When I visited with Call Committees in Europe preparing for new pastors, I always shared with them my conviction, that the call process is different from the hiring process. The pastoral call is not simply between the congregation and the pastor. But it is between three partners. In our learning to follow and lead, we ask the question, Is the new call pleasing to the Congregation? Is it pleasing to the Pastor? But ultimately, we must ask is it pleasing to the Holy Spirit? I do believe that the past three years have been pleasing to Holy Spirit.
Knowing our role, however, isn’t always enough. In learning to follow you and I must trust that God will provide us with the gifts and skills needed to complete the task. We may not know what is needed, but God knows. He has set us down together in this place to do his work. He has also brought us together to discover more about ourselves and the gifts that he has given. Learning to lead and follow is more of an art form than a science. The tools for learning are God’s Word, active listening in prayer, daily obedience to his commands, and the life of the spiritual community around you.
Now let us, turn to the final challenge: as followers and leaders Christ kingdom, how do we learn to set great goals for ourselves and for Lake of the Isles Lutheran Church? How do we work together to make that good first impression? There are plenty of things we can do, and ways that we can keep ourselves busy. Some are old and some are new. But we should really ask, are they important to the work of God’s kingdom? Over the past thirty years of ministry, I have learned an important lesson. Never set your goals based solely on who you think you are or what you think you can accomplish. Instead, set your goals based on who you know God to be and on what God can accomplish in you and through you. As a community of faith, we have been called to lead, to comfort and to guide. And as God’s holy children, we can afford to dream great dreams. We can dare to do great things, not because we think we can, but because we know God can. God is the One who is “able to accomplish abundantly far more than all we can ask or imagine.” That is where we are as we begin the next stage of our journey together. Like Jesus in Nazareth, we too must set great goals.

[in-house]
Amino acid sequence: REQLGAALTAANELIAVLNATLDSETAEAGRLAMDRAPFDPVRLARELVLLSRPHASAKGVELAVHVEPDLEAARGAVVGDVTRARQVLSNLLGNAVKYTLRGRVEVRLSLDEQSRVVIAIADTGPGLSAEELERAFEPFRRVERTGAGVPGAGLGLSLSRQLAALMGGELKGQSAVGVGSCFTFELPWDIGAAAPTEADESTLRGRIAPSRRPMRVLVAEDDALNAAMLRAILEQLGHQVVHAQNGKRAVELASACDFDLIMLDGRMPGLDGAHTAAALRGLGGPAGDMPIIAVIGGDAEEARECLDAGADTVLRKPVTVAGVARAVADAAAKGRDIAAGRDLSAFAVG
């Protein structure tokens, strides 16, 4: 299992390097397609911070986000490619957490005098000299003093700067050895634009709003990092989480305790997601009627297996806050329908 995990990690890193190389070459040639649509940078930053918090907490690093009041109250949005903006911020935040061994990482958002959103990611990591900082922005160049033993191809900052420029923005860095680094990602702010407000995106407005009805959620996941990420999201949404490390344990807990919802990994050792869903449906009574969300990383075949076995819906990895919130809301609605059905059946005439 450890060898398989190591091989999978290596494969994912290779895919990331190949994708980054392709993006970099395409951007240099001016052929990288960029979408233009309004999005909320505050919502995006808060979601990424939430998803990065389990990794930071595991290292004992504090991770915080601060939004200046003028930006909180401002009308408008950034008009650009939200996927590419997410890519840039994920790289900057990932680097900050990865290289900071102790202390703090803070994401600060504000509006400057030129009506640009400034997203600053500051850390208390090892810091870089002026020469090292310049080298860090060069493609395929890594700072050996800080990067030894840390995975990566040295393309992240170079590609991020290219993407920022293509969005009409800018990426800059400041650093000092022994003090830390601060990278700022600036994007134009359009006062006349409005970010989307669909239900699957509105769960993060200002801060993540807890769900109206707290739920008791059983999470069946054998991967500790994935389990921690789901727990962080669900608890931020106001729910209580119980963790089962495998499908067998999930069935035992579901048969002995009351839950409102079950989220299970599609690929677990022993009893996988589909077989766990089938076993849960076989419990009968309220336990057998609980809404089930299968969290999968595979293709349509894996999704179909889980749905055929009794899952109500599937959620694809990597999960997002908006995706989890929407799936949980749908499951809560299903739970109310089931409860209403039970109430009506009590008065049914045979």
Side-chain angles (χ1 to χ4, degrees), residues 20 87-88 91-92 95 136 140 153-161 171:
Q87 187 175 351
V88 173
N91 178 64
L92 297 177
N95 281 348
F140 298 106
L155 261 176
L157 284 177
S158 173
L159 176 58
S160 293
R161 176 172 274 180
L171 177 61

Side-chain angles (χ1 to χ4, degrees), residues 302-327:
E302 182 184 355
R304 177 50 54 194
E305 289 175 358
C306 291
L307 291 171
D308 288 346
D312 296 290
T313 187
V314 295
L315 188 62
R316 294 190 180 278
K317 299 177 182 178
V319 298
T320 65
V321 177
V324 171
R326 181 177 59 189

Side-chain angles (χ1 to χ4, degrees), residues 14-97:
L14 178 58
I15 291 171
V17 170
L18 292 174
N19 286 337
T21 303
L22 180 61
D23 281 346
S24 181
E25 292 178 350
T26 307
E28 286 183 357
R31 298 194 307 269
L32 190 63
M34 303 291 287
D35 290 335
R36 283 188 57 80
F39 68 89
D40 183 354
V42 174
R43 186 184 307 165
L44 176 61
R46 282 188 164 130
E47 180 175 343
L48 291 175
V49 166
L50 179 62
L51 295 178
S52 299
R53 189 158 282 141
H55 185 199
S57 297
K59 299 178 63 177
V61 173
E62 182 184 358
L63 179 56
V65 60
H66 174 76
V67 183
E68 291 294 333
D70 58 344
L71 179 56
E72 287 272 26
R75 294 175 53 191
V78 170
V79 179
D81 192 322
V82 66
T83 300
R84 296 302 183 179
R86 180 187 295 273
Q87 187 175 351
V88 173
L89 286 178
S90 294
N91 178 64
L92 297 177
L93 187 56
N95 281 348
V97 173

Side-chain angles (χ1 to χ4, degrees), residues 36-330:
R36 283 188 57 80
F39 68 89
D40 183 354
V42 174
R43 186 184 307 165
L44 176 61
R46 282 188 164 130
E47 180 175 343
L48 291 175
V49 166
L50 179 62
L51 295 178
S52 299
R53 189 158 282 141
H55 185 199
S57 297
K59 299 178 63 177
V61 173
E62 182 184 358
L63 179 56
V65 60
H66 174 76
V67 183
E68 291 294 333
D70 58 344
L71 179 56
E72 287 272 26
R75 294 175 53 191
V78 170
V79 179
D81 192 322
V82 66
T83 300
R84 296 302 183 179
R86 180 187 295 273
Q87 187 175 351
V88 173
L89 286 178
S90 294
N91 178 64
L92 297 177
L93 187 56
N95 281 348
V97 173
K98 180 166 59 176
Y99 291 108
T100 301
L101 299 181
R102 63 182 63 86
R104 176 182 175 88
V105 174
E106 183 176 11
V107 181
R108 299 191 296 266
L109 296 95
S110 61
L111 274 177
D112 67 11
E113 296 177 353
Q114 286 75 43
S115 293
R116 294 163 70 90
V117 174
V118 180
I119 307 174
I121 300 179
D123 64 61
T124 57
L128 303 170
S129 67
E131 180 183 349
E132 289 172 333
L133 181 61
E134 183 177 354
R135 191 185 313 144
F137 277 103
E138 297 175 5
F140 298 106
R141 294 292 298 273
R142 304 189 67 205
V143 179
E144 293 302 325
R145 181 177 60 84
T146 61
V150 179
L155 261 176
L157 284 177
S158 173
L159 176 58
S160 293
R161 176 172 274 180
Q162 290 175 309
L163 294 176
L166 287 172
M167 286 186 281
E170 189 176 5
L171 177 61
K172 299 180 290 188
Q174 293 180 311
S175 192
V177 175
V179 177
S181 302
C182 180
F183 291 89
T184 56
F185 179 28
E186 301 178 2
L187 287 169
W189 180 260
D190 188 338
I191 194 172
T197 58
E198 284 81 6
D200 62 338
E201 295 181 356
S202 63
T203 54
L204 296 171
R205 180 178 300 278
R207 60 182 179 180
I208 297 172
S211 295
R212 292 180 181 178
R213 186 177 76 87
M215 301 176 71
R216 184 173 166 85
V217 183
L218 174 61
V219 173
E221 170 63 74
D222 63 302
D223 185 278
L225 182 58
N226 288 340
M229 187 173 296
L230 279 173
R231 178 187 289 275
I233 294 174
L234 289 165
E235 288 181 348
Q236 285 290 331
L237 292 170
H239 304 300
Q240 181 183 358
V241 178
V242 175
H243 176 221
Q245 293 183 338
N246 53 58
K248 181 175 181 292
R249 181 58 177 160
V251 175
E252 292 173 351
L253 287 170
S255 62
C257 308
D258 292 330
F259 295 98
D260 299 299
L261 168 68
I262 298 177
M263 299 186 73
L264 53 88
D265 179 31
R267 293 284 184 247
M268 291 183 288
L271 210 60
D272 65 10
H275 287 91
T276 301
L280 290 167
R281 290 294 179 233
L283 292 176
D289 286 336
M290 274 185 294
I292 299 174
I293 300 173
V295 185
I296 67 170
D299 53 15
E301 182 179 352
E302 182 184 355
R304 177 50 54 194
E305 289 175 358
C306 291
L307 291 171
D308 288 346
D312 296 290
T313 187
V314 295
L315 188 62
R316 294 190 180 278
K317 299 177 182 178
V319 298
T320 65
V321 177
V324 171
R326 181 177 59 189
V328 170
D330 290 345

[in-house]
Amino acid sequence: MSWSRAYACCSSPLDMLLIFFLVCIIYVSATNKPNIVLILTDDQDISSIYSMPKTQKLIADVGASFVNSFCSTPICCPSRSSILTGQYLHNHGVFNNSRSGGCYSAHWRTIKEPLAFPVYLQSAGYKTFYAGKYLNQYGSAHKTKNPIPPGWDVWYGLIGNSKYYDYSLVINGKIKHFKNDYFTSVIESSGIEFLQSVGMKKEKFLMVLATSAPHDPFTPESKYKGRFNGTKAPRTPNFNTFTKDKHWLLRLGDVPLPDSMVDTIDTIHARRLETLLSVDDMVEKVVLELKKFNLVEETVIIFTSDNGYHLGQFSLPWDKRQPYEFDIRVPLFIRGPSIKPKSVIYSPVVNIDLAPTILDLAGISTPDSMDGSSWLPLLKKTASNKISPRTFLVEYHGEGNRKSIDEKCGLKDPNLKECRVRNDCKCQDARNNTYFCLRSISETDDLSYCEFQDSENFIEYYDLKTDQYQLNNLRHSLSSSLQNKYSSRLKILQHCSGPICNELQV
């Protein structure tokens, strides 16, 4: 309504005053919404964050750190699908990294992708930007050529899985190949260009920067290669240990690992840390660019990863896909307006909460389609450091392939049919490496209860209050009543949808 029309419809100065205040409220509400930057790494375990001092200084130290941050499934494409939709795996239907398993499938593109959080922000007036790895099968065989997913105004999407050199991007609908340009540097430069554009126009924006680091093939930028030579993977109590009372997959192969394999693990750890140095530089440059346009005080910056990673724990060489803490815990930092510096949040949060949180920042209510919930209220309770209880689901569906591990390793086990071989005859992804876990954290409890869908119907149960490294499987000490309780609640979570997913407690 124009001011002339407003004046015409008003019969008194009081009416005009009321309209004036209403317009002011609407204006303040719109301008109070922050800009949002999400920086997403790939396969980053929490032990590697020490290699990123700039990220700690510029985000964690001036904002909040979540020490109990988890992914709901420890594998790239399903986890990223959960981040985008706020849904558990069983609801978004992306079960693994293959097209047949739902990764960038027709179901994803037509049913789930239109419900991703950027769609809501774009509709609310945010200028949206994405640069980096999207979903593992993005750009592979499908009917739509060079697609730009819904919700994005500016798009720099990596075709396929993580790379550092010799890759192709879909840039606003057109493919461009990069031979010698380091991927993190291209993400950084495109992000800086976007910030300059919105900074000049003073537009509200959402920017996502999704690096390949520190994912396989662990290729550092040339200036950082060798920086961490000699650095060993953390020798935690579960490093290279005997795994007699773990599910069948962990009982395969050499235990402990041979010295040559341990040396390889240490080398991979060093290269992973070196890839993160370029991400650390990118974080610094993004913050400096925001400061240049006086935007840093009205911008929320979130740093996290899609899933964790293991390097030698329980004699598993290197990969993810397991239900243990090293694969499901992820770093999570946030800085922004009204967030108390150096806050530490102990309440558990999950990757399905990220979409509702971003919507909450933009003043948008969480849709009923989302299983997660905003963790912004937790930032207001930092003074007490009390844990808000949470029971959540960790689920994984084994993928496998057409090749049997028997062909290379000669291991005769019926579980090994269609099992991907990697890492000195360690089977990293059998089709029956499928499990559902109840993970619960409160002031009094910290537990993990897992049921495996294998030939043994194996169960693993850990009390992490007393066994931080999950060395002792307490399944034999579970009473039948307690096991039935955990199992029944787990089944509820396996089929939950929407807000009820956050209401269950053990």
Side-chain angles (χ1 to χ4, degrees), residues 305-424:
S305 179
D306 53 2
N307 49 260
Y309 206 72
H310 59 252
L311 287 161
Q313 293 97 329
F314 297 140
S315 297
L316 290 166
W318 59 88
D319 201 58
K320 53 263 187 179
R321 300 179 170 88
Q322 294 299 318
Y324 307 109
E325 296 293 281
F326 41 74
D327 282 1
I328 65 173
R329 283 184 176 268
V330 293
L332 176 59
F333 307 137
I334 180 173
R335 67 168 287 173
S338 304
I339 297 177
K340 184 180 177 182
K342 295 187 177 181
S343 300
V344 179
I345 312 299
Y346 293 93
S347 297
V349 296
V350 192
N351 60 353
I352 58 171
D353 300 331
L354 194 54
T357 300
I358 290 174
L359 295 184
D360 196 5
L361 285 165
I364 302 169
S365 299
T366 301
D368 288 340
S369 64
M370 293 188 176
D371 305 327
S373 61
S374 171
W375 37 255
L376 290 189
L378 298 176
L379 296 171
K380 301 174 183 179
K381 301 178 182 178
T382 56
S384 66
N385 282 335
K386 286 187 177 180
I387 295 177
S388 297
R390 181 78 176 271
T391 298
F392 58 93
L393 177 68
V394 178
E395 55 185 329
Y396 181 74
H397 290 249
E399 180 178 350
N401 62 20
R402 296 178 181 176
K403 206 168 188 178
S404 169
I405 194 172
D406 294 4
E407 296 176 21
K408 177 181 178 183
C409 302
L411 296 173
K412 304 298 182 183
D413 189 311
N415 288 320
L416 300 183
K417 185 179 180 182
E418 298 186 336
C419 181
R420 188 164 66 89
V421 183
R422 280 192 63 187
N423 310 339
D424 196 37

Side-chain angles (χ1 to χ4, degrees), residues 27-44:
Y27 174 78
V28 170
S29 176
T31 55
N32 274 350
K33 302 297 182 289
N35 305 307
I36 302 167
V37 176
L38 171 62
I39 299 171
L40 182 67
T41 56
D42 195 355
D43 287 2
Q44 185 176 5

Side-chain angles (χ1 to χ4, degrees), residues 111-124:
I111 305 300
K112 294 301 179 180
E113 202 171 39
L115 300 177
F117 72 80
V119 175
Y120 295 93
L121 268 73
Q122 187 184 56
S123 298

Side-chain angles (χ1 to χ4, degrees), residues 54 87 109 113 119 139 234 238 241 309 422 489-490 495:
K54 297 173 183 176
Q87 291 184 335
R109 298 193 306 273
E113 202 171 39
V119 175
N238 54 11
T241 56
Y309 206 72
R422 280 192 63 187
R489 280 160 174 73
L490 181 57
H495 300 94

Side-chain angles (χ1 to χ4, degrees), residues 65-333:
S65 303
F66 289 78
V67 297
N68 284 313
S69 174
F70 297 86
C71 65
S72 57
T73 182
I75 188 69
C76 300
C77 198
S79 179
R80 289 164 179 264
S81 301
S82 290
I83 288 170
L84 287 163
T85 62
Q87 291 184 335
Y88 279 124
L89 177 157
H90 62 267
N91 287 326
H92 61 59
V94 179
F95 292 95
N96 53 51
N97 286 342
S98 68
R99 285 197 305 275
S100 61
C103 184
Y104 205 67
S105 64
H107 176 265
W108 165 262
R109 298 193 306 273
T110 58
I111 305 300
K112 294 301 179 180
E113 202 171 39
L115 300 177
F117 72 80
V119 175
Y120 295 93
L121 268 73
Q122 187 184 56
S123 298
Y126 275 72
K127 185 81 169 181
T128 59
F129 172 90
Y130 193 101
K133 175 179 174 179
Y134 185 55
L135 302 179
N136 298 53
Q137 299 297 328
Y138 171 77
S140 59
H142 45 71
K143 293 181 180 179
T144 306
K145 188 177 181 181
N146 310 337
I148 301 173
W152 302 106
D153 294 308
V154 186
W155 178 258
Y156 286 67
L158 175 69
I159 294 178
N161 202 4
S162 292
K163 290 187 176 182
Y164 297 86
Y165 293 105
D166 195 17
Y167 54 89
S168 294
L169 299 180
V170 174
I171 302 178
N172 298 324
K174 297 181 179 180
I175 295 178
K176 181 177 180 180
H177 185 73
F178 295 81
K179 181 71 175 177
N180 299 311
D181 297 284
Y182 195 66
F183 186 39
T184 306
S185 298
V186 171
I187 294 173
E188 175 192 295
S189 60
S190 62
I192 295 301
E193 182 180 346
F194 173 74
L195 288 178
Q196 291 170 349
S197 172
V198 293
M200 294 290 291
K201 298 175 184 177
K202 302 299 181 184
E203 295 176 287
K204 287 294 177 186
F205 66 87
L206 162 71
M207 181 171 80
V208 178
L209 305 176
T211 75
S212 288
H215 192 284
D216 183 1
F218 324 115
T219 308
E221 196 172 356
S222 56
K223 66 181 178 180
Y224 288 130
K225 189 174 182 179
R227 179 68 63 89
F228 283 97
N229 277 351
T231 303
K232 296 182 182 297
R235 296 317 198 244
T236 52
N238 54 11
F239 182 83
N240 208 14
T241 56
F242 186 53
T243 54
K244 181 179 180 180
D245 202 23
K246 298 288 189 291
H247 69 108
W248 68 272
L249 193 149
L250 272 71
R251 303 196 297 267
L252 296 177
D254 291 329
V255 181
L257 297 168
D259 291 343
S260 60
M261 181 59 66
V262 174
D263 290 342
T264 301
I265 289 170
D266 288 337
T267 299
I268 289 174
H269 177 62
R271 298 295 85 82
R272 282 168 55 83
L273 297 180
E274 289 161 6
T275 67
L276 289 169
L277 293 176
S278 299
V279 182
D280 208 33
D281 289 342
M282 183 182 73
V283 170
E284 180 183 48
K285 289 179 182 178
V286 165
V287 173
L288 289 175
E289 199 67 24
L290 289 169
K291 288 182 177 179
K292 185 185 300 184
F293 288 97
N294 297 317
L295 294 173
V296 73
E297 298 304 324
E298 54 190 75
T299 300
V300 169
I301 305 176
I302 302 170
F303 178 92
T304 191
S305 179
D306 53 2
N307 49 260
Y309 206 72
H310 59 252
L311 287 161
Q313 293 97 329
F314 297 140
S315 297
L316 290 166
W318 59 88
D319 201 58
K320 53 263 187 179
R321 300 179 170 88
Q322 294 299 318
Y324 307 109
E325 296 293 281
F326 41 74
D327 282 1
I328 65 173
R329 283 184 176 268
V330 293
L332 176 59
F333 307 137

The worshippers in Nazareth were startled by Jesus words and his goals. “Isn’t this Joseph’s son?” Bring good news to the poor? Proclaim release to the captives. Recovery of sight to the blind, and let the oppressed go free. Of course, they thought, it’s possible that the words of Isaiah could have many meanings. Recovery of sight could mean more than physical blindness. We do the same thing today. It’s certainly true that you and I can be captive to forces that are as strong as prison bars-addictions that trap and kill us, or materialism that keeps us on a treadmill working faster and faster, and never gives us enough. But I would like to challenge you to consider that Jesus truly meant what he said? Jesus meant that the church should preach good news for the poor-the homeless ones still on our streets, those who are often hidden to make life more pleasant for the rest of us. I believe Jesus that meant that we should preach not simply about the poor, but that as a church we should do something about it. I believe that Jesus truly meant captives, including those imprisoned in our own time. He spoke of refugees and migrants, not simply in principle, but in reality. Yes, I believe that Jesus truly meant that his followers should do something for those oppressed even in our own society today, those who are treated unjustly. A church’s good impression is not simply made known in words, but it is also made known in acts. The Norwegian literary giant Henrik Ibsen once wrote, “A thousand words will not leave so deep an impression as one deed.”
My friends, as the members and friends of Lake of the Isles Lutheran Church you and I are being called to follow, and to lead, and to set great goals. And that it the commitment I am renewing with you this day, for another three years. “Today this scripture has been fulfilled in your hearing.” And that means making a good impression today. Yes, it is making a good impression today, that the faith and hope of men and women who have come to know the presence of God in their lives is alive and active and changing lives. The Christian faith is not an empty hope of the past, but it is a living and witnessing faith in what Jesus Christ can and is doing today. That is my commitment to this congregation. With Christ’s Spirit upon us, “Today, God’s word is being fulfilled.” Amen.
May the peace of God which passes all understanding keep your hearts and minds in Christ Jesus. Amen.